At a recent meeting of our local circuit we talked about the difficulty of getting the members of our congregations to think in missional terms and to understand that we are moving into a time of great unknowns for our culture, our economy and our church. The truth is that we have lots of map readers who are good at finding their way around in the known world that used to be. Those people are important, for they are good managers. But we need more navigators—pastors and lay leaders who can look to the heavens and lead the way into the unknown. We also need something else that Gibbs does not mention. We need map makers. Map makers are people who can take the vision and direction pointed by the navigator and turn it into a practical pathway that others can follow. They make new maps for a newly discovered land.

In my experience, about 5% of the people are navigators. They see things others do not see and point directions for the new world in which we find ourselves. These people need community. They need to share ideas. And because they are navigators, they usually find one another out there in the unknown hanging around the blogs and the bookstores. You will find them on the links of places like Friend of Missional and Allelon. (See my link list) Another 15% are map makers. They are able to take the ideas they learn from listening to or reading the navigators and make practical application through the creation of a program or ministry that is able to transform the unique ministry they serve. These people need process, ideas and resources. The other 80% are map readers. They listen to the ideas of the navigators and then say, “Give me a map to get to this new land.” They want programs, study guides, schedules, ten steps to transformation. Both map makers and map readers are often well served by groups like Alban Institute and Center for Parish Development. (See my link list)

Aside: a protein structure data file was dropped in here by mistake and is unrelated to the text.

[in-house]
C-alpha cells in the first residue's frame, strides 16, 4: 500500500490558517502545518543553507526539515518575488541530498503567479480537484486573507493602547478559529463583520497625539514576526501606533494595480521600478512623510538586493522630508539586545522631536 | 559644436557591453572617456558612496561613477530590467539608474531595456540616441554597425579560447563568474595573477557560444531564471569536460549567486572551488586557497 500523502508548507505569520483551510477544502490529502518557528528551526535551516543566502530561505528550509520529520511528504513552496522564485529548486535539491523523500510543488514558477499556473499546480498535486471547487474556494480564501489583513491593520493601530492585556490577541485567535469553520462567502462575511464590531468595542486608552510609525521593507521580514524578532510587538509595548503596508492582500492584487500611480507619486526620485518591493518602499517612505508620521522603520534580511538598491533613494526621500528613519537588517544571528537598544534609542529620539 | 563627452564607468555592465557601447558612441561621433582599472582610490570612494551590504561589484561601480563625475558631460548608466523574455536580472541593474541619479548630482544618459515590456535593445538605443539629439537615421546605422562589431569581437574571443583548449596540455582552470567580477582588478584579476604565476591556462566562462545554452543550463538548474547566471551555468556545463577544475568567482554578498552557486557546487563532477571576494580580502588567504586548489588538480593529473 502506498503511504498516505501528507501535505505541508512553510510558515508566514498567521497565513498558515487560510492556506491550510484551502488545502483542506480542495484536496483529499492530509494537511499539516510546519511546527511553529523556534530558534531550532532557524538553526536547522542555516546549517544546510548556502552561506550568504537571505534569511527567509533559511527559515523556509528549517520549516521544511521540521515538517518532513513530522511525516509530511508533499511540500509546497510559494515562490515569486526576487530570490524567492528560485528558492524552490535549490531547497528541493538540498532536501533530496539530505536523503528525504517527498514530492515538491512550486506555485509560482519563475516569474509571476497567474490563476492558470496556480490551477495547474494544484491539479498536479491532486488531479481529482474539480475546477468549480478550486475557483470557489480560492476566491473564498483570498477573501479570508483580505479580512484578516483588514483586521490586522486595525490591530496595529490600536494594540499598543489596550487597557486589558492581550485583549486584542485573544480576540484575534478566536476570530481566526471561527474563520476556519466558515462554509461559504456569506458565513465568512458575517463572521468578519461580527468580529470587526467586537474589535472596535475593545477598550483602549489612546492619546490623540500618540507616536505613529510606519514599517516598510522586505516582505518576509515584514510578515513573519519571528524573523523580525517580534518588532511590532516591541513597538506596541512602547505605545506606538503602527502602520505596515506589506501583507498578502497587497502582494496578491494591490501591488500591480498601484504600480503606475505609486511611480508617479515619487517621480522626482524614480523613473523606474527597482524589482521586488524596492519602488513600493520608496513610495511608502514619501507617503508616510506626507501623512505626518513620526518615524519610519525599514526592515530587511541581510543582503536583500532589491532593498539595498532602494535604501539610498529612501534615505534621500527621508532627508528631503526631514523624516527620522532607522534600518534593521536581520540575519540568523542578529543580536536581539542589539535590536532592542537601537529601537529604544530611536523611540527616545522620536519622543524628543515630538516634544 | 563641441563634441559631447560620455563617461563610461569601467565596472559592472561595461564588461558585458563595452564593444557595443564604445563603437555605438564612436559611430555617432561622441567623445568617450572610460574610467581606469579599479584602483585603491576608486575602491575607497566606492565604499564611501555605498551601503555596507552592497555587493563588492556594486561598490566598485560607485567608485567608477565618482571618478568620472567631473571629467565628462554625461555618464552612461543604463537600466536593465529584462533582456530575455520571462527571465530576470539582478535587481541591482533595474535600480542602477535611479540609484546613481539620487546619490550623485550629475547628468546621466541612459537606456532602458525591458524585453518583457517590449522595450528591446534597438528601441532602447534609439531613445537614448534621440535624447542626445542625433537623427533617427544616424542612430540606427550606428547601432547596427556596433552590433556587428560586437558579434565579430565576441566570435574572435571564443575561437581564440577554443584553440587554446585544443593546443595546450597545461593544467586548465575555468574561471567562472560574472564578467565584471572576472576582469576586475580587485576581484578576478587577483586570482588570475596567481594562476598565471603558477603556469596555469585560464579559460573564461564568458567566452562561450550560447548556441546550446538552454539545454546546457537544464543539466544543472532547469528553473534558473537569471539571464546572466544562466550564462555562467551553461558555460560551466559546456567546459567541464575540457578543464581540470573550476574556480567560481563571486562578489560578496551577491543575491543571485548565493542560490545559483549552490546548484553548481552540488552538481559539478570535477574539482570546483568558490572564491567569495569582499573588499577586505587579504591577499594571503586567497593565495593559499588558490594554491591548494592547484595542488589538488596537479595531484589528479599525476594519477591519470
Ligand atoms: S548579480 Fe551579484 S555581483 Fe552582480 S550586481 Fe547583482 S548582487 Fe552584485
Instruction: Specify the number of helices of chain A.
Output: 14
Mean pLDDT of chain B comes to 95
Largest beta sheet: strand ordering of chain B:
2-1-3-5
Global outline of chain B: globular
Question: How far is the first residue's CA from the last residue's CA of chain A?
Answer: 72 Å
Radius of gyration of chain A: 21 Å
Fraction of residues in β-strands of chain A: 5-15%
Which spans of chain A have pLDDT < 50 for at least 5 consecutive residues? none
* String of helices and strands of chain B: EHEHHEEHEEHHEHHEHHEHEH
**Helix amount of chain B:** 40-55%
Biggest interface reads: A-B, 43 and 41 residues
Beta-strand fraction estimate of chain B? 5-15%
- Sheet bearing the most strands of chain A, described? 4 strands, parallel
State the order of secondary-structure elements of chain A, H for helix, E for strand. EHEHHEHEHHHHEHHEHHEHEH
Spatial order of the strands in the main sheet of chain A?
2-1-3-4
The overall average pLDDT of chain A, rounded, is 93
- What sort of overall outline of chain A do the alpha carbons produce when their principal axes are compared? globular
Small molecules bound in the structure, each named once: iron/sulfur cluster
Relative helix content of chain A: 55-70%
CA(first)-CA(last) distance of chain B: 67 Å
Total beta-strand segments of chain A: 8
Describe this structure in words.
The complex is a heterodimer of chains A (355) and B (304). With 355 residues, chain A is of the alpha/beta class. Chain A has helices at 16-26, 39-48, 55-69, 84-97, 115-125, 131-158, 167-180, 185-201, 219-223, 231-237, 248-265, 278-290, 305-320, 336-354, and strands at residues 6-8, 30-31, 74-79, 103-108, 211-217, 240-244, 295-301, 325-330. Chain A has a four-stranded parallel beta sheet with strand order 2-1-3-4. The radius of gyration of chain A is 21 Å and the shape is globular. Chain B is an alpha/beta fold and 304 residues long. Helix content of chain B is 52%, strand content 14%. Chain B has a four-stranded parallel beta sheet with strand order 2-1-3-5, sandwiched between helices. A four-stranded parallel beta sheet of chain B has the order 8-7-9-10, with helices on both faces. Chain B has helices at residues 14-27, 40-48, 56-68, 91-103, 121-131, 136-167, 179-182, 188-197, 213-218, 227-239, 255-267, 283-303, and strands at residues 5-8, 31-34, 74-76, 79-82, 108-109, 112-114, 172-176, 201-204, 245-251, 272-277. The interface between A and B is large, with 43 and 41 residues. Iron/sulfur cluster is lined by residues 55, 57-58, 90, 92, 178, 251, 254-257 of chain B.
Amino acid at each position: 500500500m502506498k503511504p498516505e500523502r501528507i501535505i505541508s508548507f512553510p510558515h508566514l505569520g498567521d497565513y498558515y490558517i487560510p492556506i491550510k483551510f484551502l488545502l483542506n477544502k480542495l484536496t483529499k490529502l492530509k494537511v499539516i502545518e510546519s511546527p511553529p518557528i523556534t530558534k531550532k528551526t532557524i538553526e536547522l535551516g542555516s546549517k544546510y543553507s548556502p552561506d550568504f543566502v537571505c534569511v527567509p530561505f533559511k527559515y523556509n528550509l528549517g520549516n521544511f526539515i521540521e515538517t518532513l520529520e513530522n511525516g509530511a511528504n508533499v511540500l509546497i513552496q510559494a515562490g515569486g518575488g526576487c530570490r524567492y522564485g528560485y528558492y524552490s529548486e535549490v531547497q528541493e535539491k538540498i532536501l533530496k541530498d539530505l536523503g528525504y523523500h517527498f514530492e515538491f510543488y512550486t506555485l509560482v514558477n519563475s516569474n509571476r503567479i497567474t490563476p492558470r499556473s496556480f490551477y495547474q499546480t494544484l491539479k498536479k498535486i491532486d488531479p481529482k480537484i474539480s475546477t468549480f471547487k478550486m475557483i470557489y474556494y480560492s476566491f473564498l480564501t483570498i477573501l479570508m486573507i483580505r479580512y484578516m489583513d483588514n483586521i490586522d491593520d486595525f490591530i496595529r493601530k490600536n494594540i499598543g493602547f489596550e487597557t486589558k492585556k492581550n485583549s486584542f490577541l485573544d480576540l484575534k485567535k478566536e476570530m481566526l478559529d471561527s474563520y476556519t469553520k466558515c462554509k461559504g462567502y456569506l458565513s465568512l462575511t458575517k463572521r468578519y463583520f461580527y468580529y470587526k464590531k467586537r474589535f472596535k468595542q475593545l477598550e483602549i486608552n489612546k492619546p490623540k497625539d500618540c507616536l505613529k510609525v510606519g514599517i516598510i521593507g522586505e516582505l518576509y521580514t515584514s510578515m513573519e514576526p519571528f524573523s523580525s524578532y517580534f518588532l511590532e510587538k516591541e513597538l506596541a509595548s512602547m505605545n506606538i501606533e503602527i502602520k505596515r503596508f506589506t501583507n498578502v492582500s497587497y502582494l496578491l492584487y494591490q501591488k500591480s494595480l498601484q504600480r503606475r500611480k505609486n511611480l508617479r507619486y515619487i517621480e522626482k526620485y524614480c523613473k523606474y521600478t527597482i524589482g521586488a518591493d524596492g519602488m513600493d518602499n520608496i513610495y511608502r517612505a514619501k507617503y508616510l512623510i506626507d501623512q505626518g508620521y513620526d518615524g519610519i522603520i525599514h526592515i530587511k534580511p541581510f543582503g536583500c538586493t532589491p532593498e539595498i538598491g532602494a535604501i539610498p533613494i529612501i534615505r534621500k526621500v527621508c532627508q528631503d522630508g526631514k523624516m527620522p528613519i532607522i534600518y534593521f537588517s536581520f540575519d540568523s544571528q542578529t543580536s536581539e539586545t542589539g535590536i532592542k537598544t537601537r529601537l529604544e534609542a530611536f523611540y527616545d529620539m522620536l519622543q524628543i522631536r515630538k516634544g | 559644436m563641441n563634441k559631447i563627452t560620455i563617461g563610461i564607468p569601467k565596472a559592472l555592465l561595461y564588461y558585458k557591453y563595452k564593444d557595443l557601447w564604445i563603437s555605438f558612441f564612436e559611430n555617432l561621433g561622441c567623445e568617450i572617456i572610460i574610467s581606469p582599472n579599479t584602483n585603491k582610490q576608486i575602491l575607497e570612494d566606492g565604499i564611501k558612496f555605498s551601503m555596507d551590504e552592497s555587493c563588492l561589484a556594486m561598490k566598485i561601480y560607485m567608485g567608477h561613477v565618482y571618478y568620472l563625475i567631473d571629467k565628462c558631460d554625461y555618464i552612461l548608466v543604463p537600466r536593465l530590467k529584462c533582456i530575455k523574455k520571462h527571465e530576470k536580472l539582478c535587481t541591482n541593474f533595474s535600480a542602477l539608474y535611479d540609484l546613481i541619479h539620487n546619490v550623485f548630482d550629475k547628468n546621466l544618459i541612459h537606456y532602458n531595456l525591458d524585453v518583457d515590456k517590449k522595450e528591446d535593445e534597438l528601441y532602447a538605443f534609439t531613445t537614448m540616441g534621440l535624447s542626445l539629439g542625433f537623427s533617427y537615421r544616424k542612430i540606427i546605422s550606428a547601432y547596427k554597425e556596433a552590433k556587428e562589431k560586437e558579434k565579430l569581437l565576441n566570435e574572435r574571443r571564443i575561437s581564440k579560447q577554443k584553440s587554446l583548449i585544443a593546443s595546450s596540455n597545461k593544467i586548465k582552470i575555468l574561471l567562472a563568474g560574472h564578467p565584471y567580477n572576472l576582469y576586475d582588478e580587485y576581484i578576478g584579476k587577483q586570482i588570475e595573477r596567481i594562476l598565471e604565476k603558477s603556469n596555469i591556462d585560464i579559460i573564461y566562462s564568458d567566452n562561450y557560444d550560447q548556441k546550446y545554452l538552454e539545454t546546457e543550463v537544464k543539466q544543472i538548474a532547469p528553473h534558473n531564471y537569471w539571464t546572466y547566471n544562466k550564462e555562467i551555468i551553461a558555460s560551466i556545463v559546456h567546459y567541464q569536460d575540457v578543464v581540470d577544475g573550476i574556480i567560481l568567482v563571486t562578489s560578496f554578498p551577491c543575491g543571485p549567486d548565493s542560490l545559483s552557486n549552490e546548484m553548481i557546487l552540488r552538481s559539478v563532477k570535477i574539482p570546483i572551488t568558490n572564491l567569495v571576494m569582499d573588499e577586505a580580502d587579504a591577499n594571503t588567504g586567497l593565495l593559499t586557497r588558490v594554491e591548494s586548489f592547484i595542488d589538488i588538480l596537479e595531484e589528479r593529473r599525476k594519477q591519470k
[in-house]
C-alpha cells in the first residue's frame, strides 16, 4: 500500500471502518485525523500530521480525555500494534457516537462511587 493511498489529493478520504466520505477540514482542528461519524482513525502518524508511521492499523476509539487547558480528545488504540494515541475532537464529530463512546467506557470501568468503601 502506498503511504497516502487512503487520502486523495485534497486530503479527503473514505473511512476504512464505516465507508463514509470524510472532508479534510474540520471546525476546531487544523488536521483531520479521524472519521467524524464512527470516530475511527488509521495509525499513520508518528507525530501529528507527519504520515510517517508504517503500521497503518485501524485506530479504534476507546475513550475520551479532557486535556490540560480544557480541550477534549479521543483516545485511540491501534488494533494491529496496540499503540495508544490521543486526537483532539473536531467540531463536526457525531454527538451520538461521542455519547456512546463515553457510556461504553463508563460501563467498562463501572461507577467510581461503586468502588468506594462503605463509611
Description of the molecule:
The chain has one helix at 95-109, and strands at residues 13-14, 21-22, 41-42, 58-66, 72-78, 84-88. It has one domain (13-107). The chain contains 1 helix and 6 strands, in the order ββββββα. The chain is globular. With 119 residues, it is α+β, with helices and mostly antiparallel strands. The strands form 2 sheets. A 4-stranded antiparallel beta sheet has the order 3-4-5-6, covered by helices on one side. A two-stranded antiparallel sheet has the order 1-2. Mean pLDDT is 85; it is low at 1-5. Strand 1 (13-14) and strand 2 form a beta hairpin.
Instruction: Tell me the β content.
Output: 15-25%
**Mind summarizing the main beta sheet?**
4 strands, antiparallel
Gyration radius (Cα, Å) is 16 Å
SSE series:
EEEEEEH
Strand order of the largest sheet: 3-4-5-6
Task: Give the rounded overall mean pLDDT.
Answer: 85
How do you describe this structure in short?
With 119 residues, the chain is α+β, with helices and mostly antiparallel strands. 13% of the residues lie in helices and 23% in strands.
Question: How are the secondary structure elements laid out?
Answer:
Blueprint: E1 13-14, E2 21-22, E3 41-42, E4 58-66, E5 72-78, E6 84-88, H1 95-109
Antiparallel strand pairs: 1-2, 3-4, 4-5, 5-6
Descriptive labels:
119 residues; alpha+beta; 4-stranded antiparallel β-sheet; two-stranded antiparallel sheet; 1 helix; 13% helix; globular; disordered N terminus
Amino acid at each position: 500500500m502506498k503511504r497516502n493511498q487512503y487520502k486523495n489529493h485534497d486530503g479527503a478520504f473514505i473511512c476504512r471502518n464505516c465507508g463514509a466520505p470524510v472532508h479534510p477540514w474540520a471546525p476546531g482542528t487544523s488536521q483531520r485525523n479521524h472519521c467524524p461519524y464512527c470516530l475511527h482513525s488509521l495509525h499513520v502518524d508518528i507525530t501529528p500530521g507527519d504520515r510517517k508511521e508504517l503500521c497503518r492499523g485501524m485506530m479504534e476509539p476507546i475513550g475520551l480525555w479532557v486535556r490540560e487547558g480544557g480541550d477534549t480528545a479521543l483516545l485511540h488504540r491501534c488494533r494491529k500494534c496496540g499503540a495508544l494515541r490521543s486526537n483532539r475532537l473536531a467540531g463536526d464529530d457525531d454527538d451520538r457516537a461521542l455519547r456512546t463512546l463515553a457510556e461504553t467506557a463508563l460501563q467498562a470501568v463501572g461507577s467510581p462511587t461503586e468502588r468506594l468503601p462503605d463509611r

An example from my own denomination, the Lutheran Church—Missouri Synod, is the Ablaze! Movement. (See my link list.) Ablaze is intended to be a “movement,” not a “program.”